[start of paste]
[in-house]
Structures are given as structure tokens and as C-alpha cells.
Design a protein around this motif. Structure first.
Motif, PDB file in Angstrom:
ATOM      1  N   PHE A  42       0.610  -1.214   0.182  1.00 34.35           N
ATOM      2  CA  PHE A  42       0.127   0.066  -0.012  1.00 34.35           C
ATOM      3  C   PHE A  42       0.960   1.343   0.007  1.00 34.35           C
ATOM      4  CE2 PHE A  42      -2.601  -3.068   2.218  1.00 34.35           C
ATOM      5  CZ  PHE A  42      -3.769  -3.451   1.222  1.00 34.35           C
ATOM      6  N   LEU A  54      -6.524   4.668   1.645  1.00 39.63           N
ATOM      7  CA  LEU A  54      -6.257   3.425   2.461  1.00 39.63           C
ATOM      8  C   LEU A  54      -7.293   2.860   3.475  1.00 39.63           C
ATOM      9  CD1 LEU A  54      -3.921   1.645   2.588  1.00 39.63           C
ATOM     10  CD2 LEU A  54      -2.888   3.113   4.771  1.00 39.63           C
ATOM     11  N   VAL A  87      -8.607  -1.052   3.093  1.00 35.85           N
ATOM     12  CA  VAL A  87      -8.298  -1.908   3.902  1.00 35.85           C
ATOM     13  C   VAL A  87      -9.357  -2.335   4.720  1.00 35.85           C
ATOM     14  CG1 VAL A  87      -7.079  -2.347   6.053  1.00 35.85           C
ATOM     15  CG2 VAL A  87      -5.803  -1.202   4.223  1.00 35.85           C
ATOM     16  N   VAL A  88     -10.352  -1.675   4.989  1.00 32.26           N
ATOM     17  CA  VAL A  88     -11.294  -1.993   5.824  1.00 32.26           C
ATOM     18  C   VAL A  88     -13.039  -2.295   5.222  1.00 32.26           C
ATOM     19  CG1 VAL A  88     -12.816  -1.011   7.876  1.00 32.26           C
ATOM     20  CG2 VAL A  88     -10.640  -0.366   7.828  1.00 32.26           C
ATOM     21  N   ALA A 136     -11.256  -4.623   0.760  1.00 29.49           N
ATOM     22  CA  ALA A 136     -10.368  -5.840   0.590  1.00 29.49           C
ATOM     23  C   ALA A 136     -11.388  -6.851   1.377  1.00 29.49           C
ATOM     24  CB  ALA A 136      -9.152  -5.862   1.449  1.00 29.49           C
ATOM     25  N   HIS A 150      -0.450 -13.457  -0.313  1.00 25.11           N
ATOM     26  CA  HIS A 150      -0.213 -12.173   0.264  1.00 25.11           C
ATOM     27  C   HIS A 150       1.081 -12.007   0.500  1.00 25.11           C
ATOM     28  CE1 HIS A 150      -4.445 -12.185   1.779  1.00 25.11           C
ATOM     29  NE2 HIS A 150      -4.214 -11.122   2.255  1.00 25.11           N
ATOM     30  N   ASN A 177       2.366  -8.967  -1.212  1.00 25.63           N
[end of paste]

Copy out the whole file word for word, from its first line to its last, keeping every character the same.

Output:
[in-house]
Structures are given as structure tokens and as C-alpha cells.
Design a protein around this motif. Structure first.
Motif, PDB file in Angstrom:
ATOM      1  N   PHE A  42       0.610  -1.214   0.182  1.00 34.35           N
ATOM      2  CA  PHE A  42       0.127   0.066  -0.012  1.00 34.35           C
ATOM      3  C   PHE A  42       0.960   1.343   0.007  1.00 34.35           C
ATOM      4  CE2 PHE A  42      -2.601  -3.068   2.218  1.00 34.35           C
ATOM      5  CZ  PHE A  42      -3.769  -3.451   1.222  1.00 34.35           C
ATOM      6  N   LEU A  54      -6.524   4.668   1.645  1.00 39.63           N
ATOM      7  CA  LEU A  54      -6.257   3.425   2.461  1.00 39.63           C
ATOM      8  C   LEU A  54      -7.293   2.860   3.475  1.00 39.63           C
ATOM      9  CD1 LEU A  54      -3.921   1.645   2.588  1.00 39.63           C
ATOM     10  CD2 LEU A  54      -2.888   3.113   4.771  1.00 39.63           C
ATOM     11  N   VAL A  87      -8.607  -1.052   3.093  1.00 35.85           N
ATOM     12  CA  VAL A  87      -8.298  -1.908   3.902  1.00 35.85           C
ATOM     13  C   VAL A  87      -9.357  -2.335   4.720  1.00 35.85           C
ATOM     14  CG1 VAL A  87      -7.079  -2.347   6.053  1.00 35.85           C
ATOM     15  CG2 VAL A  87      -5.803  -1.202   4.223  1.00 35.85           C
ATOM     16  N   VAL A  88     -10.352  -1.675   4.989  1.00 32.26           N
ATOM     17  CA  VAL A  88     -11.294  -1.993   5.824  1.00 32.26           C
ATOM     18  C   VAL A  88     -13.039  -2.295   5.222  1.00 32.26           C
ATOM     19  CG1 VAL A  88     -12.816  -1.011   7.876  1.00 32.26           C
ATOM     20  CG2 VAL A  88     -10.640  -0.366   7.828  1.00 32.26           C
ATOM     21  N   ALA A 136     -11.256  -4.623   0.760  1.00 29.49           N
ATOM     22  CA  ALA A 136     -10.368  -5.840   0.590  1.00 29.49           C
ATOM     23  C   ALA A 136     -11.388  -6.851   1.377  1.00 29.49           C
ATOM     24  CB  ALA A 136      -9.152  -5.862   1.449  1.00 29.49           C
ATOM     25  N   HIS A 150      -0.450 -13.457  -0.313  1.00 25.11           N
ATOM     26  CA  HIS A 150      -0.213 -12.173   0.264  1.00 25.11           C
ATOM     27  C   HIS A 150       1.081 -12.007   0.500  1.00 25.11           C
ATOM     28  CE1 HIS A 150      -4.445 -12.185   1.779  1.00 25.11           C
ATOM     29  NE2 HIS A 150      -4.214 -11.122   2.255  1.00 25.11           N
ATOM     30  N   ASN A 177       2.366  -8.967  -1.212  1.00 25.63           N